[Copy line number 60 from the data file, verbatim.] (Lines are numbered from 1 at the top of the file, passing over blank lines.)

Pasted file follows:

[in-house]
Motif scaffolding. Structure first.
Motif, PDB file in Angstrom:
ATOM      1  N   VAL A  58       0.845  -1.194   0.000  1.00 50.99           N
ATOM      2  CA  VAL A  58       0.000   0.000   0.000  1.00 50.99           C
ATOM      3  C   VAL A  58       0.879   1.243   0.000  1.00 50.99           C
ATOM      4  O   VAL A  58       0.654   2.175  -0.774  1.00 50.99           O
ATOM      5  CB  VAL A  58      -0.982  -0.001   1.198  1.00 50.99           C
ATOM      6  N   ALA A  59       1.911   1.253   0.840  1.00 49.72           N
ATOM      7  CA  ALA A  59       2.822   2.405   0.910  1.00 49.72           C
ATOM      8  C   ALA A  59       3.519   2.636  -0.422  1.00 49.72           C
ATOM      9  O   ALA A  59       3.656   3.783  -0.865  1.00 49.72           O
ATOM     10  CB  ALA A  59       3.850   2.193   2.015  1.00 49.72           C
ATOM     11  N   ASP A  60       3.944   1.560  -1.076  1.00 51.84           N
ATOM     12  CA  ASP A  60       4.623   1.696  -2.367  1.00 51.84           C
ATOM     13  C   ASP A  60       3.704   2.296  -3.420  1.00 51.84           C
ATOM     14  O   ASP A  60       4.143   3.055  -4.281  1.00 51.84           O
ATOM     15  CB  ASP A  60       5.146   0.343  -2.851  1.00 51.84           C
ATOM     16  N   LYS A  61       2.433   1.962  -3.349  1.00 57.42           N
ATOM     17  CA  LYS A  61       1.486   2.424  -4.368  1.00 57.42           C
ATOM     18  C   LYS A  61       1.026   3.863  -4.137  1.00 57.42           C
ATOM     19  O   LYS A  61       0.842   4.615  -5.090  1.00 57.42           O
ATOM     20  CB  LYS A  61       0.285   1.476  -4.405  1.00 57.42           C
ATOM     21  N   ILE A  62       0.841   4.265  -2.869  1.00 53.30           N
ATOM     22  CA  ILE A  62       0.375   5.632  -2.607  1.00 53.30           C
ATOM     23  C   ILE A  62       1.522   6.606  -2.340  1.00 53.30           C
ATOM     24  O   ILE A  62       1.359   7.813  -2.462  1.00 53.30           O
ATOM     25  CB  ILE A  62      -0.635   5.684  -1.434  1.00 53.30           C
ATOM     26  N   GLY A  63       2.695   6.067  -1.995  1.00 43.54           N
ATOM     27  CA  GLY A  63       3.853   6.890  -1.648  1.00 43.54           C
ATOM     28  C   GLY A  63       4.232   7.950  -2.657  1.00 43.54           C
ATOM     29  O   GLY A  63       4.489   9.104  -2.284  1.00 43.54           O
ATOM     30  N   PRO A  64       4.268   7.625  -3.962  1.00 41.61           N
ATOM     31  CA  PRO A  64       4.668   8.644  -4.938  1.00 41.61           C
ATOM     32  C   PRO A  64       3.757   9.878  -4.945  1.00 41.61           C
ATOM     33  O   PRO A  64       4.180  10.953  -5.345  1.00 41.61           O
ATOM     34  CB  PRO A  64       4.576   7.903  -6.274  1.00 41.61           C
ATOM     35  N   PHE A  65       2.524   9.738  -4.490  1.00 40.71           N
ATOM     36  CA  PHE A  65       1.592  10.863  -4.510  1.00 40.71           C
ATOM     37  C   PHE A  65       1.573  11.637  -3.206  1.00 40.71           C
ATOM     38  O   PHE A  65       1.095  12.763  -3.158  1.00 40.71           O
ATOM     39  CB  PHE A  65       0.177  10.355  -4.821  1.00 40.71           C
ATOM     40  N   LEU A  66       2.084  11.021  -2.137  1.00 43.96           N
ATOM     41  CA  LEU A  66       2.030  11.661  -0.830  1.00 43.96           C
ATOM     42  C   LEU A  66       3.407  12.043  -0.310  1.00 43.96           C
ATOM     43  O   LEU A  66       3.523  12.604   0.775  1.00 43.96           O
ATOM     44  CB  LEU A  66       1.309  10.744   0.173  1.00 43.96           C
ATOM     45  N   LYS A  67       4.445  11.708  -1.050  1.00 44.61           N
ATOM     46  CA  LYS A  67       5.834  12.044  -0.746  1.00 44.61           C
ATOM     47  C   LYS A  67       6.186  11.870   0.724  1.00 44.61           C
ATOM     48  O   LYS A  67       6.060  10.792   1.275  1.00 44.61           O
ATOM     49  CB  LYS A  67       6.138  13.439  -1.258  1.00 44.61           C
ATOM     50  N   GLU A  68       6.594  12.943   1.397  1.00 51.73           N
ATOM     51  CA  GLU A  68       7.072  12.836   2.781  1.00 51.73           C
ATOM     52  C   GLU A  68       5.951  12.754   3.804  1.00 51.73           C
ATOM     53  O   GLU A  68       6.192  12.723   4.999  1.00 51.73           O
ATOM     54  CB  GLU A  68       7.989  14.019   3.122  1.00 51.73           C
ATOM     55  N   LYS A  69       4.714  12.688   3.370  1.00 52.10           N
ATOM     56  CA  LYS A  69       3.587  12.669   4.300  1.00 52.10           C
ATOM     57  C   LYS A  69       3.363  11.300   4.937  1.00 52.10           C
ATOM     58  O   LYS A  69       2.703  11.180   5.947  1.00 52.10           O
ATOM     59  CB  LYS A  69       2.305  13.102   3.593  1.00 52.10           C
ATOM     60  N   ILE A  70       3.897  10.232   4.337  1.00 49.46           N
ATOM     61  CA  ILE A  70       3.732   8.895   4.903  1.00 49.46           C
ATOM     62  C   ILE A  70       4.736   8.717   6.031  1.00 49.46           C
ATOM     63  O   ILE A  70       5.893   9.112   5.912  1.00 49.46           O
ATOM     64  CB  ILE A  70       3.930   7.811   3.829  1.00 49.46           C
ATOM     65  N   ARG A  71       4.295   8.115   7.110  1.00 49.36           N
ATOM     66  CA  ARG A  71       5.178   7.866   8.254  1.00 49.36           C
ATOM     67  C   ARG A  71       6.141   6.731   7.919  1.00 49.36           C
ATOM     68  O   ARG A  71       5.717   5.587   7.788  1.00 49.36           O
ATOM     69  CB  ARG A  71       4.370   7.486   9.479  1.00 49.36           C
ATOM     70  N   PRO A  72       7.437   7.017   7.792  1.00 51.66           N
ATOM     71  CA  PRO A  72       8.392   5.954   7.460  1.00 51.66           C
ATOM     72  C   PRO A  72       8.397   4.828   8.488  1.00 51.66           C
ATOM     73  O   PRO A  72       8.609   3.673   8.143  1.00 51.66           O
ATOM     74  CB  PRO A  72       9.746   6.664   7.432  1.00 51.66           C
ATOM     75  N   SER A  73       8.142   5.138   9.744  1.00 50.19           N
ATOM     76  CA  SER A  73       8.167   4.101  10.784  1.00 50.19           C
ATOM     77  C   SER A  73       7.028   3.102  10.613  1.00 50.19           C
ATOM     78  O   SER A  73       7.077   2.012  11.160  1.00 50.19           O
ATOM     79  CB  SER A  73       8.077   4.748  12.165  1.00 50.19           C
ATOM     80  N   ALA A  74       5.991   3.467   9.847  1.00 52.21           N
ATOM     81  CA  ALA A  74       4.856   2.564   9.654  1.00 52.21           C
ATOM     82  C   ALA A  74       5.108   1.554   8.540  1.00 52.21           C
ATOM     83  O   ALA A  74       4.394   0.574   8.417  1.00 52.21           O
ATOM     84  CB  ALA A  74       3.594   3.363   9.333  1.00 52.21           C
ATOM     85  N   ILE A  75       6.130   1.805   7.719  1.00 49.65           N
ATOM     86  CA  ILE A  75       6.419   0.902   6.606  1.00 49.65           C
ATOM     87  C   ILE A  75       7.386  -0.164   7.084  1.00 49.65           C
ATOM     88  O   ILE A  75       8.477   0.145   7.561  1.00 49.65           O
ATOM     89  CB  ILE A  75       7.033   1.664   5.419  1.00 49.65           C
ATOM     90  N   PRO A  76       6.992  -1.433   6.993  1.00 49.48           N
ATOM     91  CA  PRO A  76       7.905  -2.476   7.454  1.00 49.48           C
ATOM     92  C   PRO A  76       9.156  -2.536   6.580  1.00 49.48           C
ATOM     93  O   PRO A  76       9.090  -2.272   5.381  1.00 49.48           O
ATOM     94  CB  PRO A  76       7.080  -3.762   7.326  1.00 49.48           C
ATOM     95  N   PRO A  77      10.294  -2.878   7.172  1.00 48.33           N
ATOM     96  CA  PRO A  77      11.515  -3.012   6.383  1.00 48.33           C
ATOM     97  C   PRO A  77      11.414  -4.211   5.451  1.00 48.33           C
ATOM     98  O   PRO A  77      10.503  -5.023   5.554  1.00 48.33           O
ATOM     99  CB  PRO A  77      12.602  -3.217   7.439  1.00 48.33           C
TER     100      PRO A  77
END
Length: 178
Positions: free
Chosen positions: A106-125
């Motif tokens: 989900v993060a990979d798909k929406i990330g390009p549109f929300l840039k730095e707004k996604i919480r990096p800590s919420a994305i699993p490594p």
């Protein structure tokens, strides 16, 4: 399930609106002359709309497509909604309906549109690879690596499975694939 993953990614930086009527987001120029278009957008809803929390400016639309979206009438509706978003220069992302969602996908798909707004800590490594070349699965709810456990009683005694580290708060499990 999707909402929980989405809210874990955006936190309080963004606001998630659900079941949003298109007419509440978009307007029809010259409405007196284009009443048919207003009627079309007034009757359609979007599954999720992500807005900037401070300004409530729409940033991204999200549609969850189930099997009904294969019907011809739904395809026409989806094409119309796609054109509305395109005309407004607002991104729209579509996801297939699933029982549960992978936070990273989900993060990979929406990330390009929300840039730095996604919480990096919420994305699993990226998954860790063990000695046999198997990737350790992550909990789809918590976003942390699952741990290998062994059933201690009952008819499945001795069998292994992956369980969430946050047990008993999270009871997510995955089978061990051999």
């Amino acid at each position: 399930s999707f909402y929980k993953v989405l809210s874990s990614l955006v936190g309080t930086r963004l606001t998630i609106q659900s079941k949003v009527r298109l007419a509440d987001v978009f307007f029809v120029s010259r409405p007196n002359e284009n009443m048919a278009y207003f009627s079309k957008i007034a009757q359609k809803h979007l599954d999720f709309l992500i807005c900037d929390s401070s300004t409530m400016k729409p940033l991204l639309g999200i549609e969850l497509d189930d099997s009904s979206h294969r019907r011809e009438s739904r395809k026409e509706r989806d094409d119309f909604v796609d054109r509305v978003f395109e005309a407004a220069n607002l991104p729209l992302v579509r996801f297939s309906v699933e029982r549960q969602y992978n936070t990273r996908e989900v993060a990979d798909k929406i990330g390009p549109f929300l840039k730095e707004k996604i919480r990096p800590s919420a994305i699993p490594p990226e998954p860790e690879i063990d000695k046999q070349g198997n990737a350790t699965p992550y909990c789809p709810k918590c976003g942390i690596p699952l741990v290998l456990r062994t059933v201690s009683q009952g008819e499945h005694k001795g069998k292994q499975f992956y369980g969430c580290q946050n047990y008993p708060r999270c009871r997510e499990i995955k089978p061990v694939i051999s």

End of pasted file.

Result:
ATOM     57  C   LYS A  69       3.363  11.300   4.937  1.00 52.10           C